Star­siege: Tribes, aka Tribes 1, is my pick. I played it re­li­giously for the bet­ter part of my 20s, start­ing back when modems were frus­trat­ingly slow. I even played it com­pet­i­tively on lad­ders, us­ing Capy co-founder Kris Piotrowski’s com­puter for matches be­cause it ac­tu­ally had a video­card.

I love Tribes be­cause it was a foun­da­tional shift in games. It helped me learn why mul­ti­player games were so spe­cial – be­cause you formed a ten-per­son side in a Tribes match, quickly de­cided who was go­ing to play Light Defence or Heavy Of­fence or ‘Cap’, spam Shazbot a few times, then try your best to func­tion as a team. And you had to try to play as a team, or you lost. This wasn’t 1v1 Doom. This wasn’t Quake or

Team Fortress. This was huge, open maps, com­plex char­ac­ter classes and un­be­liev­able move­ment, all of which fun­nelled into team play.

While Quake gave on­line FPSes the taste of speed, ‘skiing’ in Tribes blew it out. Ini­tially a bug that be­came a core fea­ture, skiing gave skilled play­ers a path to tra­verse enor­mous open maps at Mach 10, and

maybe even grab a flag while they were at it. Prior to

Tribes, mul­ti­player games were played in cor­ri­dors, in rooms, and in court­yards. Hell, in most cases they still are. And all of them were played ex­clu­sively on the ground. Quake’s Rocket Jump (all the way through to Trick­ing) ex­plored ad­di­tional move­ment space, but in a lim­ited way. Tribes added a jet­pack and gave play­ers an en­tire ex­tra di­men­sion, to un­be­liev­able ef­fect, the im­pacts of which we’re still see­ing to­day. There hasn’t been a mul­ti­player game since that hasn’t aped some­thing, or ev­ery­thing, from Tribes. And there’s no game that feels bet­ter when play­ing with 20-plus play­ers (even on a shitty mo­dem).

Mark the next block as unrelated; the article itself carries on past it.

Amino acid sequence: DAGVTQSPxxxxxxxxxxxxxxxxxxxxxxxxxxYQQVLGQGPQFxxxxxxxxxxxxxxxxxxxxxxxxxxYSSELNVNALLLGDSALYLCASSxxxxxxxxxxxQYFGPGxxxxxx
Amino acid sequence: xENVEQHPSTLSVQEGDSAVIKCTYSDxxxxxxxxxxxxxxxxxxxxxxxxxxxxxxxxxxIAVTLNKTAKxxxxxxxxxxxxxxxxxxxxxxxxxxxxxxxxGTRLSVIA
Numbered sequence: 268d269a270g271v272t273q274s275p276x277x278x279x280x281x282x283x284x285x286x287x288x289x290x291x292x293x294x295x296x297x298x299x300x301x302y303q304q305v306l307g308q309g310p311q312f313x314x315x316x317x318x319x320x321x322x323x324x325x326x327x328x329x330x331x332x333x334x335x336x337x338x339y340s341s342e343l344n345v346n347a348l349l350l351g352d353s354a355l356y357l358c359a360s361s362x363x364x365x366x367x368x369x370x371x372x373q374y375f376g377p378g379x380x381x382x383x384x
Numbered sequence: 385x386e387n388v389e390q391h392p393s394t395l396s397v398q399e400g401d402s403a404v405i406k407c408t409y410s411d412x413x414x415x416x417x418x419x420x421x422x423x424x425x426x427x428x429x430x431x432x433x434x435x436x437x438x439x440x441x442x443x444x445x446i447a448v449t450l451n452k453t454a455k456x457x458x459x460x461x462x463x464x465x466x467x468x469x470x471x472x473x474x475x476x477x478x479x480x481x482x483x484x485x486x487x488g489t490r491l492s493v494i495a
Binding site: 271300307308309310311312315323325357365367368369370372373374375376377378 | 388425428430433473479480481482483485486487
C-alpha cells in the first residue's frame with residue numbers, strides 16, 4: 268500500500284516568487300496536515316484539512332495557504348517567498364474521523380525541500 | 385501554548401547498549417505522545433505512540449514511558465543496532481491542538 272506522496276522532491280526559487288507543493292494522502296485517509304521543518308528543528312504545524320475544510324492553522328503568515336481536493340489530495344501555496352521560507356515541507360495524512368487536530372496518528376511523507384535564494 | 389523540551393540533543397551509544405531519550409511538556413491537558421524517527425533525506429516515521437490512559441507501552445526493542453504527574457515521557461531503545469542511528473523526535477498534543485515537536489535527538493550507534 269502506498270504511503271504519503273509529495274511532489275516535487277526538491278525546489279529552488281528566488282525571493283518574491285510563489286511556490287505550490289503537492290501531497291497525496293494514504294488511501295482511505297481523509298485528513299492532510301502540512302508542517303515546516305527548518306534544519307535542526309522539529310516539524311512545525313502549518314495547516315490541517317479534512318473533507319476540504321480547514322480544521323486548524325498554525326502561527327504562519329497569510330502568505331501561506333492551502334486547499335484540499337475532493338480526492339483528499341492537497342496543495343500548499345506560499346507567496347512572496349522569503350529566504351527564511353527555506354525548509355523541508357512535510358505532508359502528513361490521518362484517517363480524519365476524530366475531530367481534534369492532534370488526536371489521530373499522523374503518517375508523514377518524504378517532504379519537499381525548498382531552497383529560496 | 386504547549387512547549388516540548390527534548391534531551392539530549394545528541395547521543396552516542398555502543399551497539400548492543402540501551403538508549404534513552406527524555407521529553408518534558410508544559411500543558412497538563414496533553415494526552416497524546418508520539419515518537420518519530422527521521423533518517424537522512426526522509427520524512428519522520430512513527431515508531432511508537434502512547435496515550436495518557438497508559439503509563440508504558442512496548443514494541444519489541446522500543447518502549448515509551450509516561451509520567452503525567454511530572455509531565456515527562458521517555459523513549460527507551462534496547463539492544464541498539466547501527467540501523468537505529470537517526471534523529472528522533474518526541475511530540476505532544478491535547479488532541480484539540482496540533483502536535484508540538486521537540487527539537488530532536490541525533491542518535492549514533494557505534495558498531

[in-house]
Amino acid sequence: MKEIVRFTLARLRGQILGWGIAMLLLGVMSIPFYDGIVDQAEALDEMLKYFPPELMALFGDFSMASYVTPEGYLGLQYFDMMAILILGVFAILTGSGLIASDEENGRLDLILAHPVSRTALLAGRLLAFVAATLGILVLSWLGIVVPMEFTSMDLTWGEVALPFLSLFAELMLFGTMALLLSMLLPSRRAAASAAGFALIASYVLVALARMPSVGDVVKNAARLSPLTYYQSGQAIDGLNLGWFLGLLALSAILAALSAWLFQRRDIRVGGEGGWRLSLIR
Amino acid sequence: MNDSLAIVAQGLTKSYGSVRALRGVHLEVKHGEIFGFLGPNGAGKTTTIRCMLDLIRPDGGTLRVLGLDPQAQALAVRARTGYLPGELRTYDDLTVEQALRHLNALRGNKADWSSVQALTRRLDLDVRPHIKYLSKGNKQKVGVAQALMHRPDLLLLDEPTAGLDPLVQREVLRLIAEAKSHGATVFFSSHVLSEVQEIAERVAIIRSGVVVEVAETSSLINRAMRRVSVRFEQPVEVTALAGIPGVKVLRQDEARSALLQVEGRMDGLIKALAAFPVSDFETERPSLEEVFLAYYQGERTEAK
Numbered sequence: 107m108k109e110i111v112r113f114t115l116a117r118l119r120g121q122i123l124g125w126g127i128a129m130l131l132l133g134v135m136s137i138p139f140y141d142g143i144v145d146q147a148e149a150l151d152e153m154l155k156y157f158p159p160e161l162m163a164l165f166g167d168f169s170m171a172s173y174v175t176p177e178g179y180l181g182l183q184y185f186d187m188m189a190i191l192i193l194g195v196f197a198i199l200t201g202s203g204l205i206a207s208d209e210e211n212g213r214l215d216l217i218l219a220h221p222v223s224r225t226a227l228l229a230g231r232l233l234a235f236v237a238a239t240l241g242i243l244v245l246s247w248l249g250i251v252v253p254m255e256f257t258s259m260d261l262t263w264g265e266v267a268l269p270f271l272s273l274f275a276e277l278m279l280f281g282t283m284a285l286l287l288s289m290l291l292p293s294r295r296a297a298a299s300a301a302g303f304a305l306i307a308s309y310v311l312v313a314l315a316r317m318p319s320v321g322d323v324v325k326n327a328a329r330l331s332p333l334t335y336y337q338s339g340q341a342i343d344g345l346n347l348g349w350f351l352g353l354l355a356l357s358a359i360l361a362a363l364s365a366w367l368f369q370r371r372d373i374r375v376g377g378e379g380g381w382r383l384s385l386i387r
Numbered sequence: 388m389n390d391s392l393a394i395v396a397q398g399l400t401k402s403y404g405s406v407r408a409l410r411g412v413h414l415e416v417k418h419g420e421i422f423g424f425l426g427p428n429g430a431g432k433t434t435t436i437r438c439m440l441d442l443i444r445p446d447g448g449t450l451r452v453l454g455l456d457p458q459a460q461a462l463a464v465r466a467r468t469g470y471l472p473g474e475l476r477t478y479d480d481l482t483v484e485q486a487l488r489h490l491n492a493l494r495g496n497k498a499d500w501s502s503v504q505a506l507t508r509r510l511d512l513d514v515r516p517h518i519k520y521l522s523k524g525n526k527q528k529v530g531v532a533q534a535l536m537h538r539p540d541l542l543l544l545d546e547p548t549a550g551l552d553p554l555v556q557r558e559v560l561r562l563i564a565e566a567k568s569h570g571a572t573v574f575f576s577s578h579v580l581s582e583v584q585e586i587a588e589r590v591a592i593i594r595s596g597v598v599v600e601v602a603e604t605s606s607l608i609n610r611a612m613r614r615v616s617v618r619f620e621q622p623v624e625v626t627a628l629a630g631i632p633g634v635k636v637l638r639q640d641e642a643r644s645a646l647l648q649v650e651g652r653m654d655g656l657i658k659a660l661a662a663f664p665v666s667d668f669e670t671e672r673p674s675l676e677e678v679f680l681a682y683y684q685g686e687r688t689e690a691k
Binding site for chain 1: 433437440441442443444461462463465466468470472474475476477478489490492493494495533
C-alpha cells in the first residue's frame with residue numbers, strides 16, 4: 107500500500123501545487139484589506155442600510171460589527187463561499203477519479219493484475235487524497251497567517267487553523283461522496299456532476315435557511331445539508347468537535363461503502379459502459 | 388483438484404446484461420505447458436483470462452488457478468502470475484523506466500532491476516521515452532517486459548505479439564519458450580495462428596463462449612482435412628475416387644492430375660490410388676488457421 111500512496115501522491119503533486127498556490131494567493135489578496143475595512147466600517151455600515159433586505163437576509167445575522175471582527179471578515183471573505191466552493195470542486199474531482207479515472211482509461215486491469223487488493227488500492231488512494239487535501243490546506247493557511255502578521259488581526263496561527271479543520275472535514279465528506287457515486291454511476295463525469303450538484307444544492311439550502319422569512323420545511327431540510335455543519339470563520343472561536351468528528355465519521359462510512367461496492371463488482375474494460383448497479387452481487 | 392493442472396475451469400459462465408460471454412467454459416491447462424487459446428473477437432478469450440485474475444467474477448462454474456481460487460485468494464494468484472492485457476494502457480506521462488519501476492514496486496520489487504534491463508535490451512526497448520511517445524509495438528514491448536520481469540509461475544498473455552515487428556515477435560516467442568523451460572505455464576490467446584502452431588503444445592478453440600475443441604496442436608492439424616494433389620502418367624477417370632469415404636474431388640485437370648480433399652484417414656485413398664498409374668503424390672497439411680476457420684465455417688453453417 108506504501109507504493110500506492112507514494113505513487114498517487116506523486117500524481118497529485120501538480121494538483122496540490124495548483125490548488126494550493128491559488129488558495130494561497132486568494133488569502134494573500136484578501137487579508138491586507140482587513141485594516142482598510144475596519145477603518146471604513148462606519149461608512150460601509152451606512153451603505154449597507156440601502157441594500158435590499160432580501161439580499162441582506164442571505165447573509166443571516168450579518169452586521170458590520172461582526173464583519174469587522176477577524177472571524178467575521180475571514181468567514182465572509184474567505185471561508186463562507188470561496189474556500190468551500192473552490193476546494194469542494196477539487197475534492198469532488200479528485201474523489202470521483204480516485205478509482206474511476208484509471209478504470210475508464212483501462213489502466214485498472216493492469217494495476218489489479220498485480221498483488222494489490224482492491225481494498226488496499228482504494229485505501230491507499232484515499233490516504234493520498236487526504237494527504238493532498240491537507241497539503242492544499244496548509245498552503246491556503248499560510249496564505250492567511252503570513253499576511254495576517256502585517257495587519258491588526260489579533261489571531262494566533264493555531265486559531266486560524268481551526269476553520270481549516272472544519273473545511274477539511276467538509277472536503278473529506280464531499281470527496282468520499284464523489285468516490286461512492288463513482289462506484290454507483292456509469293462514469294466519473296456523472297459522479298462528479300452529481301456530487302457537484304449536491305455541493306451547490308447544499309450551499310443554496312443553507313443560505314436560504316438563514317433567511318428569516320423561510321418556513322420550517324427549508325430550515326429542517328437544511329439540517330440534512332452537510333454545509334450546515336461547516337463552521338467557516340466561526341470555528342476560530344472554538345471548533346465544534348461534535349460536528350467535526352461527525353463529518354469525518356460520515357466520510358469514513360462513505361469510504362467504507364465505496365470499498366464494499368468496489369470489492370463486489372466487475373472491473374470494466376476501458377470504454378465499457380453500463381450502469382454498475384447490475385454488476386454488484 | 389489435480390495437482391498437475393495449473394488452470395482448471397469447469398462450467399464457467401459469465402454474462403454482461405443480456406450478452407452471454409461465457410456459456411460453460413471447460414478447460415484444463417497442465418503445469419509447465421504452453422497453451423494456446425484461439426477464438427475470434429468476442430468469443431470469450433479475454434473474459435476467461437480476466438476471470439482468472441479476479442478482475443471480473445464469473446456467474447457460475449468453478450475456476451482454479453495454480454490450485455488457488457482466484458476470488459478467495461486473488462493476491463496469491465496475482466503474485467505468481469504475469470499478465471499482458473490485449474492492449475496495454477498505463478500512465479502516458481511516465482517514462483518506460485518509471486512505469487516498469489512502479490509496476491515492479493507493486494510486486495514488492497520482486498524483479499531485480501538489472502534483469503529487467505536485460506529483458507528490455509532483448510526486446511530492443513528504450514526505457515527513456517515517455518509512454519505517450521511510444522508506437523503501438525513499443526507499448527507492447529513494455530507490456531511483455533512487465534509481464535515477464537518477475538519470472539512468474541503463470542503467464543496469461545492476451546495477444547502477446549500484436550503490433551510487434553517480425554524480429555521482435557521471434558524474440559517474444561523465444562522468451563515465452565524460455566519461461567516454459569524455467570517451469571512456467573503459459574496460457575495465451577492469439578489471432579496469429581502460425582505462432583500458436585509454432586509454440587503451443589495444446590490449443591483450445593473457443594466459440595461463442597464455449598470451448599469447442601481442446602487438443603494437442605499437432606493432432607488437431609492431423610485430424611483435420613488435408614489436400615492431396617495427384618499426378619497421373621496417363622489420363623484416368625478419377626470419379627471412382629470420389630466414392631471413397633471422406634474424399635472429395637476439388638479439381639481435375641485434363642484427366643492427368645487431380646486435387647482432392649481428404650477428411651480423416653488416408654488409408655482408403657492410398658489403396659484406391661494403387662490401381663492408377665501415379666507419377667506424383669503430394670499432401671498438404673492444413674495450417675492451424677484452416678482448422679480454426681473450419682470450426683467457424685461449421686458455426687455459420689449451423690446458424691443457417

My other picks were nos­tal­gic, ar­sty, or mind­bend­ing. But I think mul­ti­player gam­ing is such a key piece of our cul­ture, and I’m sure that Tribes changed it for­ever. Also, it was re­ally damn fun.

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